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How then can we break our bonds? The real answer is suggested in that law which I have been showing to you. The bonds are broken by these inevitable experiences which life after life teach the Soul the nature of the universe into which it has come. But desire is a binding force, and as long as there is desire so long must men come back to birth. The desire for good will draw it back as well as the desire for evil, the desire for religious happiness will draw it back, as well as the desire for earthly joys; the desire for the praise of men, for love, for knowledge even. A Soul may desire results of a high and noble character; still there is a desire for results, and this must bind it to places where the results are to be found. Therefore in order to get rid of we must get rid of Not cease from action - that is unnecessary, but act without desire - making every effort which is necessary, yet indifferent to the result. This is the familiar lesson given by Shri Krishna, this the essence of all truth. It is renunciation of desire, not of action, which makes the real Sannyasi, which makes the renunciator, which makes the Yogi, aYogi - not one only in the wearing of yellow garments and ashes - but a Yogi who has broken all the bonds of desire, and not simply one who is an outward renunciator. For the man of action who performs every action because it is his duty, and remains indifferent to the fruits thereof, that man in the world is the servant of God; he is one who performs every action, - not for what it brings him but because it fills up something lacking which ought to be done in the world in which he lives as an agent of God. A man who realises that the wheel of life must turn, and who takes part in the turning of the wheel, not for what the turning of the wheel may bring to him, but in order that the Divine life may circle in its course, - he plays his part in working without attachment, without desire, and turns the wheel whether it brings him pleasure or pain, whether it brings him praise or blame, fame or ignominy, Divine knowledge or ignorance - anything the wheel may bring him. He only perceives that it is his duty to cooperate with God while manifestation persists and he therefore identifies himself with the God from Whom the turning of the wheel proceeds. He is then one with Shri Krishna who declared that He had nothing to obtain in Heavens or on earth, but that if He stopped acting all would stop. And therefore the devotee who acts, not in order that he may get anything but in order that the Divine purpose may be fulfilled, he works by way of sacrifice; he offers all his actions as sacrifices to God and remains indifferent to the fruits of the sacrifice, for they lie at the feet of God and not in the heart of the devotee. Such a man makes no , for such a man has no ; such a man creates no links which bind him to earth, such a man is spiritually free, although around him actions may spring up on every side. Thus is it when a man is born into the sphere of knowledge; thus is it when a man is born into the sphere of devotion; and the life of such a man is as an altar, and burning upon that altar is the flame of devotion and of knowledge. Every action is cast into the fire and is consumed therein, rising up as the smoke of a sacrifice and leaving behind on the altar nothing save the fuel of knowledge and the fire of love.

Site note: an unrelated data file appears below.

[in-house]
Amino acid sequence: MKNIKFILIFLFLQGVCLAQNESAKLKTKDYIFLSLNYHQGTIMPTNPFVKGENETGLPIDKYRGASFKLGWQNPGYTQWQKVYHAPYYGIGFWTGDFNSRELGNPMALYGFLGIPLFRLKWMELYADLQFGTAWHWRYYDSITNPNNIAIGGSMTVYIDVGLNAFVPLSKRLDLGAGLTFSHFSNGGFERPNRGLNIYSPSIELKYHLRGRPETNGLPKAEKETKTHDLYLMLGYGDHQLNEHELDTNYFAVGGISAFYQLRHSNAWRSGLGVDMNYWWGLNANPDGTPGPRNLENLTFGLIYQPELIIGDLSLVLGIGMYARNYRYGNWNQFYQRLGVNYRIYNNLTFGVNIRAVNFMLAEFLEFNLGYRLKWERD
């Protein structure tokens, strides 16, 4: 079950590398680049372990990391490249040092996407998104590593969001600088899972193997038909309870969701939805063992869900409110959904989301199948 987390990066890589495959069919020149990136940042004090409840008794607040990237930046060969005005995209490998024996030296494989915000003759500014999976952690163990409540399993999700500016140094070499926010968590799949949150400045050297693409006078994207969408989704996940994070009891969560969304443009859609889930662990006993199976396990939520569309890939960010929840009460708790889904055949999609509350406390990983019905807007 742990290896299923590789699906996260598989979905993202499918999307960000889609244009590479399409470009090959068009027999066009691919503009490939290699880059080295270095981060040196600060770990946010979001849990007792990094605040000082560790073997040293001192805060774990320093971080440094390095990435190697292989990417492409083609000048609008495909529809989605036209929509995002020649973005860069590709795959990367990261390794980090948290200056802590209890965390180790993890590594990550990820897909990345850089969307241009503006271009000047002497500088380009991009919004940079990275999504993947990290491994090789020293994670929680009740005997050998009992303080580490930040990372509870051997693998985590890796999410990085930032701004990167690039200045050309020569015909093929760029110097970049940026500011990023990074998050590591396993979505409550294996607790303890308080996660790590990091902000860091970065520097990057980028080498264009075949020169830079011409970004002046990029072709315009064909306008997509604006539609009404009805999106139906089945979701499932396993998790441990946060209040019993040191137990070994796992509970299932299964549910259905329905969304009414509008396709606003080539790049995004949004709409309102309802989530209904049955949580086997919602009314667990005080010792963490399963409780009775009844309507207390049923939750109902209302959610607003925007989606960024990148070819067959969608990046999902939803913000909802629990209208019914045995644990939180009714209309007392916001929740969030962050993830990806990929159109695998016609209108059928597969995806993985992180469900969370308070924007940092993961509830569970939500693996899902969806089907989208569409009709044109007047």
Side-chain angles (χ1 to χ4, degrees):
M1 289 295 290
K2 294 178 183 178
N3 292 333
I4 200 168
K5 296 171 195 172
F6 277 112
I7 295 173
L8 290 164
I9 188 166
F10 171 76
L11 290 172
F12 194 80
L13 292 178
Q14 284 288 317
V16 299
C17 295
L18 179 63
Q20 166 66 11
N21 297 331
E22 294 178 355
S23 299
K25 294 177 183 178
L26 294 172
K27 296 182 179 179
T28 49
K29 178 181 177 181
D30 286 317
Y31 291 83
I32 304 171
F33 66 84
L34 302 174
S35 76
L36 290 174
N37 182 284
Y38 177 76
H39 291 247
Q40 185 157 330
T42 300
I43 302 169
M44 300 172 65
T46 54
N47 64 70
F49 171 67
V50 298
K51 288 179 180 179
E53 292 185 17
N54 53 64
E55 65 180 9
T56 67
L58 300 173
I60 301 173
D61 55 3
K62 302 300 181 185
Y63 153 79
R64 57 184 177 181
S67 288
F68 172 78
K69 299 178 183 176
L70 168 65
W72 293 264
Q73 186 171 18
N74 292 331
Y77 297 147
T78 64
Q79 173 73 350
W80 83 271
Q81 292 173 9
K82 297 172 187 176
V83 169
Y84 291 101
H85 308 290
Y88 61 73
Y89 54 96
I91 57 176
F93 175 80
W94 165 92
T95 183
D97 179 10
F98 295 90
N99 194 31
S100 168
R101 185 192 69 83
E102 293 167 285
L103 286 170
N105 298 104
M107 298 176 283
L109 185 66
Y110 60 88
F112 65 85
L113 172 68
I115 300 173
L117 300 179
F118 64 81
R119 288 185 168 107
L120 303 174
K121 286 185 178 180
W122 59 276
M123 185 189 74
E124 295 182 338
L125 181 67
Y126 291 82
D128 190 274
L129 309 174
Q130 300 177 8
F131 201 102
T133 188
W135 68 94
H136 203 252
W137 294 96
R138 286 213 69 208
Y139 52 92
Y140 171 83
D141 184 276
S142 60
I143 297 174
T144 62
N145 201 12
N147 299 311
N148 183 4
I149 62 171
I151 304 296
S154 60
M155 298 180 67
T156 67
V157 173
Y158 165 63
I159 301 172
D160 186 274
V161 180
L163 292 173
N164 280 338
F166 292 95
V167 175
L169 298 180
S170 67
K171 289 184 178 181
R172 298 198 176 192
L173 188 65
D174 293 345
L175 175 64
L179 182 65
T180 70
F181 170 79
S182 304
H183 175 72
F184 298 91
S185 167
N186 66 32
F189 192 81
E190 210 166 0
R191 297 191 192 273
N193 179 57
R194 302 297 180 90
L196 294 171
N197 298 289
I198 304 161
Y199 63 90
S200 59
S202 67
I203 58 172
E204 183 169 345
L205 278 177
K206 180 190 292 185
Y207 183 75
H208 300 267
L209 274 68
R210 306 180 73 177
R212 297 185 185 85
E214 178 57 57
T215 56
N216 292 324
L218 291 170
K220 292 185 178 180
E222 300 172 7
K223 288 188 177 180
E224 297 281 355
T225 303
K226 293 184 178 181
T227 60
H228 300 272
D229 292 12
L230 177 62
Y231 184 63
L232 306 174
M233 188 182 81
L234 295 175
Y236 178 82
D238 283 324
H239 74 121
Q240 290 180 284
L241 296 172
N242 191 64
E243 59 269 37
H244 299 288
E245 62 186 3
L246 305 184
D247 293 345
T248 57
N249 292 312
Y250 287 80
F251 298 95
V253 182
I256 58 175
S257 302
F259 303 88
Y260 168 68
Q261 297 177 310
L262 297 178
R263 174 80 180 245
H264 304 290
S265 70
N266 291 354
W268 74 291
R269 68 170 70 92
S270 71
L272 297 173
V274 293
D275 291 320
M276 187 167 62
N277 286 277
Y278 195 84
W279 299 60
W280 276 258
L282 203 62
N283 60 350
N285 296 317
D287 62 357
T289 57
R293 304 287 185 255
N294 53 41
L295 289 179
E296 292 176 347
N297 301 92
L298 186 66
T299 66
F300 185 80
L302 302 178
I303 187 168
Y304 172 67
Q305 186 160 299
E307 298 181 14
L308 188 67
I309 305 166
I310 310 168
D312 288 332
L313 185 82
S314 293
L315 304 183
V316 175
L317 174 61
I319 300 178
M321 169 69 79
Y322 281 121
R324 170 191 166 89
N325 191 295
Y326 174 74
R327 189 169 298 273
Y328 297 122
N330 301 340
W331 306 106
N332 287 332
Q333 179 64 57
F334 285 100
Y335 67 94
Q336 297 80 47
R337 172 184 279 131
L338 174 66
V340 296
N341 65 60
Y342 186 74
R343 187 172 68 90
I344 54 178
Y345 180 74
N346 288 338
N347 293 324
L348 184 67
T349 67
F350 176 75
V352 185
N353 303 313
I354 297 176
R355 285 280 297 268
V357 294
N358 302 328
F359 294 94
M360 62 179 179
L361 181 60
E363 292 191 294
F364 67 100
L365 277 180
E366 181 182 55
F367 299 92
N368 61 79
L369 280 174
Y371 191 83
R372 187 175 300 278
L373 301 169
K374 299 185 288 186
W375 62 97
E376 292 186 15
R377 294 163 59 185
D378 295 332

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’TIS A saying, “That death discharges us of all our obligations.” I know some who have taken it in another sense. Henry VII., King of England, articled with Don Philip, son to Maximilian the emperor, or (to place him more honorably) father to the Emperor Charles V., that the said Philip should deliver up the Duke of Suffolk of the White Rose, his enemy, who was fled into the Low Countries, into his hands; which Philip accordingly did, but upon condition, nevertheless, that Henry should attempt nothing against the life of the said Duke; but coming to die, the king in his last will commanded his son to put him to death immediately after his decease. And lately, in the tragedy that the Duke of Alva presented to us in the persons of the Counts Horn and Egmont at Brussels, there were very remarkable passages, and one amongst the rest, that Count Egmont (upon the security of whose word and faith Count Horn had come and surrendered himself to the Duke of Alva) earnestly entreated that he might first mount the scaffold, to the end that death might disengage him from the obligation he had passed to the other. In which case, methinks, death did not acquit the former of his promise, and that the second was discharged from it without dying. We cannot be bound beyond what we are able to perform, by reason that effect and performance are not at all in our power, and that, indeed, we are masters of nothing but the will, in which, by necessity, all the rules and whole duty of mankind are founded and established: therefore Count Egmont, conceiving his soul and will indebted to his promise, although he had not the power to make it good, had doubtless been absolved of his duty, even though he had outlived the other; but the King of England wilfully and premeditately breaking his faith, was no more to be excused for deferring the execution of his infidelity till after his death than the Mason in Herodotus, who having inviolably, during the time of his life, kept the secret of the treasure of the King of Egypt, his master, at his death discovered it to his children.
yet are they of much less authority now than heretofore. Which makes so much more remarkable the example of Francesco, Marquis of Saluzzo, who being lieutenant to King Francis I. in his ultramontane army, infinitely favored and esteemed in our court, and obliged to the king’s bounty for the marquisate itself, which had been forfeited by his brother; and as to the rest, having no manner of provocation given him to do it, and even his own affection opposing any such disloyalty, suffered himself to be so terrified, as it was confidently reported, with the fine prognostics that were spread abroad everywhere in favor of the Emperor Charles V., and to our disadvantage (especially in Italy, where these foolish prophecies were so far believed, that at Rome great sums of money were ventured out upon return of greater, when the prognostics came to pass, so certain they made themselves of our ruin), that, having often bewailed to those of his acquaintance who were most intimate with him, the mischiefs that he saw would inevitably fall upon the Crown of France and the friends he had in that court, he revolted and turned to the other side; to his own misfortune, nevertheless, what constellation soever governed at that time. But he carried himself in this affair like a man agitated by divers passions; for having both towns and forces in his hands, the enemy’s army under Antonio de Leyva close by him, and we not at all suspecting his design, it had been in his power to have done more than he did; for we lost no men by this infidelity of his, nor any town, but Fossano only, and that after a long siege and a brave defence.